• Fair (FR): Very poor condition, with severe flaws or defects rendering the magazine unreadable or unappealing, such as large missing sections, heavy water damage, mold, or tape.
  • Poor (PR): Extremely poor condition, with minimal collectible value, such as torn, burned, or shredded pieces.
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Q: How can I sell my Sports Illustrated magazines?

A: You have several options to sell your Sports Illustrated magazines:

  • Online platforms: Utilize online platforms like eBay, Amazon, Craigslist, or Facebook Marketplace to reach a vast audience of potential buyers. Ensure you take high-quality photos, provide accurate descriptions, and set fair prices. Handle shipping, payment methods, and any arising issues or disputes.
  • Auction houses: Consider auction houses such as Heritage Auctions, Goldin Auctions, or Lelands to sell your magazines to serious collectors and investors. Submit your magazines for evaluation and authentication, paying a commission fee to the auction house. Abide by their rules and guidelines, and prepare for the auction date and outcome.
  • Local shops: Approach local shops like comic book stores, sports memorabilia stores, or antique stores to sell your magazines to interested local buyers. Visit the shop, negotiate a price with the owner or manager, and be aware of market value and demand. Be prepared to accept cash or store credit.

Q: How can I store and protect my Sports Illustrated magazines?

A: Follow these tips to store and protect your Sports Illustrated magazines:

  • Keep your magazines away from direct sunlight, heat, moisture, and dust, as these factors can cause fading, warping, mold, and deterioration.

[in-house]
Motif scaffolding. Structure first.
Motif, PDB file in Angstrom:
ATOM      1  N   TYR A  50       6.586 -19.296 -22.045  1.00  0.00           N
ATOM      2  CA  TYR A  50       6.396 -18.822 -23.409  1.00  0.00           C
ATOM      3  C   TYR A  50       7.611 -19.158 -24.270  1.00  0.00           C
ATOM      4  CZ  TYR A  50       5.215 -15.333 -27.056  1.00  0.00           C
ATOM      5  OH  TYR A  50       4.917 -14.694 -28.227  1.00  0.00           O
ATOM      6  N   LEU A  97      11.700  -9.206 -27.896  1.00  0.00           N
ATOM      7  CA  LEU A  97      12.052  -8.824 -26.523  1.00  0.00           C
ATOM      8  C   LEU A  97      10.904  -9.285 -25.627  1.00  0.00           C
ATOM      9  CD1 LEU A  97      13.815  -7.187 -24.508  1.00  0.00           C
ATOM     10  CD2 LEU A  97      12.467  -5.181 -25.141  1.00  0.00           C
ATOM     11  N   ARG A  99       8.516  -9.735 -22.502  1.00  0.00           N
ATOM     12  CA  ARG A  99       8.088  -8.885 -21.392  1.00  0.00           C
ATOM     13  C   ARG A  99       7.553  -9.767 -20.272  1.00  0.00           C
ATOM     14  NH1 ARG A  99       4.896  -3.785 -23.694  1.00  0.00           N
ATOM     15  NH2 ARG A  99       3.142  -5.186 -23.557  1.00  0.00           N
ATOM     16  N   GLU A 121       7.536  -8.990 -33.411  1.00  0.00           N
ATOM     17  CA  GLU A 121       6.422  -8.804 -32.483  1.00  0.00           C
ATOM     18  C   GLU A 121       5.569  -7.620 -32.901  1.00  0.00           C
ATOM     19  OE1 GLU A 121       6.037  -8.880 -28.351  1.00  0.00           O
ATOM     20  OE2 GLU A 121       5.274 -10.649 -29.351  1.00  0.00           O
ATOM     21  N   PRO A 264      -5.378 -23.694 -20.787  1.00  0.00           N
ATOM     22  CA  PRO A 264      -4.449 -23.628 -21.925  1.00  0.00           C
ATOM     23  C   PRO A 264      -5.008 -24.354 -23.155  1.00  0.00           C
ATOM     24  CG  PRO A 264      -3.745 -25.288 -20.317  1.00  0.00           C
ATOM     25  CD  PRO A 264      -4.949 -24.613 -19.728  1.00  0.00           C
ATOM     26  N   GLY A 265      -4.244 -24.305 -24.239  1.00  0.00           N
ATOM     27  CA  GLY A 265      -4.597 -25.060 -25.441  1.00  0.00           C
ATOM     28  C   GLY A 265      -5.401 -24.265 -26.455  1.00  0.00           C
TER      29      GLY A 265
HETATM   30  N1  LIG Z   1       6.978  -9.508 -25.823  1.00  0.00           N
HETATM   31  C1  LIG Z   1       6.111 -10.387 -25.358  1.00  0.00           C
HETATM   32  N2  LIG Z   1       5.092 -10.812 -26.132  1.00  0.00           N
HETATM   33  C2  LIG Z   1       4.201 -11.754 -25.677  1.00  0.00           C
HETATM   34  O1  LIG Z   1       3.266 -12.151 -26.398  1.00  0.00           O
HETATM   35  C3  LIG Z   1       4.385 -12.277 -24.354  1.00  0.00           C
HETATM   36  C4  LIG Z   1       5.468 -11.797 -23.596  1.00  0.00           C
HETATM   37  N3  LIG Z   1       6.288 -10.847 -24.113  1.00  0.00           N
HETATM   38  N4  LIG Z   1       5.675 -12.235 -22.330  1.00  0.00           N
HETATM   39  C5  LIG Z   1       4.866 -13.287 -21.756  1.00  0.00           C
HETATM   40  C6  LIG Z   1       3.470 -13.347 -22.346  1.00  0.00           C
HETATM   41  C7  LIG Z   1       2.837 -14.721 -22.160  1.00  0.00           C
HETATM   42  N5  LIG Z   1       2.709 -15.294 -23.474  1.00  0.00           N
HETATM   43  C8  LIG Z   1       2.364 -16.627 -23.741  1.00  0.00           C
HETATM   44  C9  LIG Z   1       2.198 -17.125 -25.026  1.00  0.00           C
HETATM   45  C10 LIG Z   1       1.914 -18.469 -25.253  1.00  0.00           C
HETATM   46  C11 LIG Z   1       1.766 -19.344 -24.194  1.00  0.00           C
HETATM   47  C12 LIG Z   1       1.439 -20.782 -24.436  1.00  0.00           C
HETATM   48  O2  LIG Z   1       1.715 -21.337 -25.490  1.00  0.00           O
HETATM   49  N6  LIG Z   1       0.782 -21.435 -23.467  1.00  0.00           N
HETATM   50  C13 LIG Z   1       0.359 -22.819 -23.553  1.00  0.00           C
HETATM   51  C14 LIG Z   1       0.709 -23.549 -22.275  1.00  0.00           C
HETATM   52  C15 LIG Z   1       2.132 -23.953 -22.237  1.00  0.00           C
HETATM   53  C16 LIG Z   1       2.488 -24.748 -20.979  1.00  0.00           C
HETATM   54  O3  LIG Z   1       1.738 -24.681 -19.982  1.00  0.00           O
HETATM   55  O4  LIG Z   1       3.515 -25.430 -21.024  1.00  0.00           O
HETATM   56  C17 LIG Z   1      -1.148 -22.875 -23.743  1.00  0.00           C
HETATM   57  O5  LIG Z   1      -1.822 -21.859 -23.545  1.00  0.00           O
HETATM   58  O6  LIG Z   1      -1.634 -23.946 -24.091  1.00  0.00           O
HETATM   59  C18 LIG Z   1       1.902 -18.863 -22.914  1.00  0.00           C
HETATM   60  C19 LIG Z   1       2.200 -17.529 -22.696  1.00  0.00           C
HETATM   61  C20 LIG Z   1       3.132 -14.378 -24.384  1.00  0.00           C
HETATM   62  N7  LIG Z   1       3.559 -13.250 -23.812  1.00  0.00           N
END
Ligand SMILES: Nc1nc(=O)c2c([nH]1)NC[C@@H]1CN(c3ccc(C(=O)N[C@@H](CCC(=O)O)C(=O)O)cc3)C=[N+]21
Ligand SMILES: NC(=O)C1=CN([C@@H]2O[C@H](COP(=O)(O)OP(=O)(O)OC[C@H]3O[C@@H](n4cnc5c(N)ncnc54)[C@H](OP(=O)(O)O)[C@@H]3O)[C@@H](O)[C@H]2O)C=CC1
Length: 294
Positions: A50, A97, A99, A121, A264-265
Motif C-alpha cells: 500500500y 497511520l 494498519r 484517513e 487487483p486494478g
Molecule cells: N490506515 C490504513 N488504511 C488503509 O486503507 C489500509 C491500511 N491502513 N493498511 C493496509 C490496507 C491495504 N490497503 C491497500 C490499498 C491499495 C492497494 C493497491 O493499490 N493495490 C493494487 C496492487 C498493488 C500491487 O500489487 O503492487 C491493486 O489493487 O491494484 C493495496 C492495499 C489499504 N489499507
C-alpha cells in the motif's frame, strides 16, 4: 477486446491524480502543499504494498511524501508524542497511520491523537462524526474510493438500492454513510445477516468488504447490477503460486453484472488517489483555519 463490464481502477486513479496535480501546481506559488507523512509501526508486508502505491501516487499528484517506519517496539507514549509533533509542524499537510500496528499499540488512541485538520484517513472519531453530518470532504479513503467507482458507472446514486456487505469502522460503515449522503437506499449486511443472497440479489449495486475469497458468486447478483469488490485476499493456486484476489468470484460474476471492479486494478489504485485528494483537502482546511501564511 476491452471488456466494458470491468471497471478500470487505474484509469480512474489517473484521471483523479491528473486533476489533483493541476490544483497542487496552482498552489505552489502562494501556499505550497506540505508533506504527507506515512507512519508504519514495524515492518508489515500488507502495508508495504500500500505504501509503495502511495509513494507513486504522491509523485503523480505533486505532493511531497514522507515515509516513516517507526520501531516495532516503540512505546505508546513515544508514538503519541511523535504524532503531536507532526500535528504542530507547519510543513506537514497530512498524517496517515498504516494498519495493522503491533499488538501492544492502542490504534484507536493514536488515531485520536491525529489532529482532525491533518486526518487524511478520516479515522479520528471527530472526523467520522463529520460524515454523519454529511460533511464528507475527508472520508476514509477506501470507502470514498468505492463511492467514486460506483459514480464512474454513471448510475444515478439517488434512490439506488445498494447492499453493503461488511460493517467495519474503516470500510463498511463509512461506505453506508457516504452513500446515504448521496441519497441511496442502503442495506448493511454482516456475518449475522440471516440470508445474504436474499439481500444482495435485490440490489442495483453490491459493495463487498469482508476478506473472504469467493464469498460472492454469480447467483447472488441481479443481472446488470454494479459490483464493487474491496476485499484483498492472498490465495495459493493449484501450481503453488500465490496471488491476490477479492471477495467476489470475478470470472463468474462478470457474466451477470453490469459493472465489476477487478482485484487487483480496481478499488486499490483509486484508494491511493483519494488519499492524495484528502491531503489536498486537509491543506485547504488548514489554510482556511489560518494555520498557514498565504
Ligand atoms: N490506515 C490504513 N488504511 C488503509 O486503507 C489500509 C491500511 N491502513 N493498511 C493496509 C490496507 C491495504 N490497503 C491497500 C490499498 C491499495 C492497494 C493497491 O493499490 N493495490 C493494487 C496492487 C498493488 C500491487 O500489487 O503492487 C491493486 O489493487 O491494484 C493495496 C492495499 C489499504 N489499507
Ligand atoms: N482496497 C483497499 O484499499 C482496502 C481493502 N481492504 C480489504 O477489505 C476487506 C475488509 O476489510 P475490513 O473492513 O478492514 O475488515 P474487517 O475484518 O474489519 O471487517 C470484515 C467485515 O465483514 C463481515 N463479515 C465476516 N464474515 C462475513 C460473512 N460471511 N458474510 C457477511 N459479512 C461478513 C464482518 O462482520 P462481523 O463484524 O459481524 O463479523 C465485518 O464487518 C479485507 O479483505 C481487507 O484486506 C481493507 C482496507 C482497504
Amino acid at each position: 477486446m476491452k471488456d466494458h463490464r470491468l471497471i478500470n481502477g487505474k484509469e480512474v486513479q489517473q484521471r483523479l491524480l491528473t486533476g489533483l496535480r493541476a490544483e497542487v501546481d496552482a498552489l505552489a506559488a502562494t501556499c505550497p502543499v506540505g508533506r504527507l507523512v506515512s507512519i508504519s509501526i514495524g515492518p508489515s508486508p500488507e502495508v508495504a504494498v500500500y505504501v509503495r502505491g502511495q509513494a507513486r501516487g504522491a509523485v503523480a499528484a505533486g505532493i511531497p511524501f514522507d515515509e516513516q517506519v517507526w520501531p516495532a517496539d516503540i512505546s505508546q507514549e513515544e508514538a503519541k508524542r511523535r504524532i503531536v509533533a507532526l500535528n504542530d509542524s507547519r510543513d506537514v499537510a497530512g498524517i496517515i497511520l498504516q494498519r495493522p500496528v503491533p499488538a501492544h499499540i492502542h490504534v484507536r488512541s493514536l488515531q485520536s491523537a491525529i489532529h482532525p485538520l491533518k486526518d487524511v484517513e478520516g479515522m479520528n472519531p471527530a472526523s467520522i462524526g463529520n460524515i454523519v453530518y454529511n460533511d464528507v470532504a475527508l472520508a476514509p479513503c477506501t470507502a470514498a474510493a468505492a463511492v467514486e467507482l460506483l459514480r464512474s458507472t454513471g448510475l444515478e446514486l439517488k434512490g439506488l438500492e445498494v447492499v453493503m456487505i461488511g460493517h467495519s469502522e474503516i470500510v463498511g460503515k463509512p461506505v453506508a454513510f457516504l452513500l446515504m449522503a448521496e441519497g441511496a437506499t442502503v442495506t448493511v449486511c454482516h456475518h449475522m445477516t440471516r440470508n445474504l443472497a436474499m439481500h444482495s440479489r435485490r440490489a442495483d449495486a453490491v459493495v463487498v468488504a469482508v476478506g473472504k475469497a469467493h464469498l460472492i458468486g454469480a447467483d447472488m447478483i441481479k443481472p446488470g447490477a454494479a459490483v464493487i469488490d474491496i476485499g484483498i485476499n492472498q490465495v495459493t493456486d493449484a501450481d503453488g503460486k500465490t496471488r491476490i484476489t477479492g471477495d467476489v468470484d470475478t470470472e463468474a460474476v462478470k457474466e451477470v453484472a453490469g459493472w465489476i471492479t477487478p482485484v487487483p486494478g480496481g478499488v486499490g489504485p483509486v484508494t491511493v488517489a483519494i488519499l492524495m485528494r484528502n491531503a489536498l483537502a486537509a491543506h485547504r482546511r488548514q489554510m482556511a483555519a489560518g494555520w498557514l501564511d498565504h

• Store your magazines in acid-free bags and boards to prevent yellowing, curling, or sticking together. Consider using rigid plastic cases for additional protection.
  • Choose a cool, dry, and dark storage location, such as a closet, drawer, cabinet, safe, or lockbox. Ensure it does not attract pests and is kept away from pets or children.
  • Keep your magazines neatly stacked and flat, avoiding bending, folding, or rolling. Avoid stacking them too high or tightly, and refrain from placing heavy objects on top.
  • Protect your magazines from pests, pets, and children, as they can damage or destroy them through chewing, scratching, tearing, or spilling.

Q: How can I enjoy my Sports Illustrated magazines?

A: Follow these tips to derive maximum enjoyment from your Sports Illustrated magazines:

  • Read them carefully and respectfully, avoiding forcing open the spine or roughly turning pages. You may choose to wear gloves to prevent leaving fingerprints or oils.
  • Display them proudly and tastefully using frames, stands, or shelves. Showcase your favorite issues or covers and utilize posters, stickers, or magnets to decorate walls or doors.
  • Share your magazines with others who appreciate them. Participate in online forums, clubs, or groups to discuss and trade magazines with fellow collectors and fans. Attend shows, conventions, or events to connect and network with other enthusiasts.

We trust that this article has been helpful and informative. Thank you for reading and happy collecting!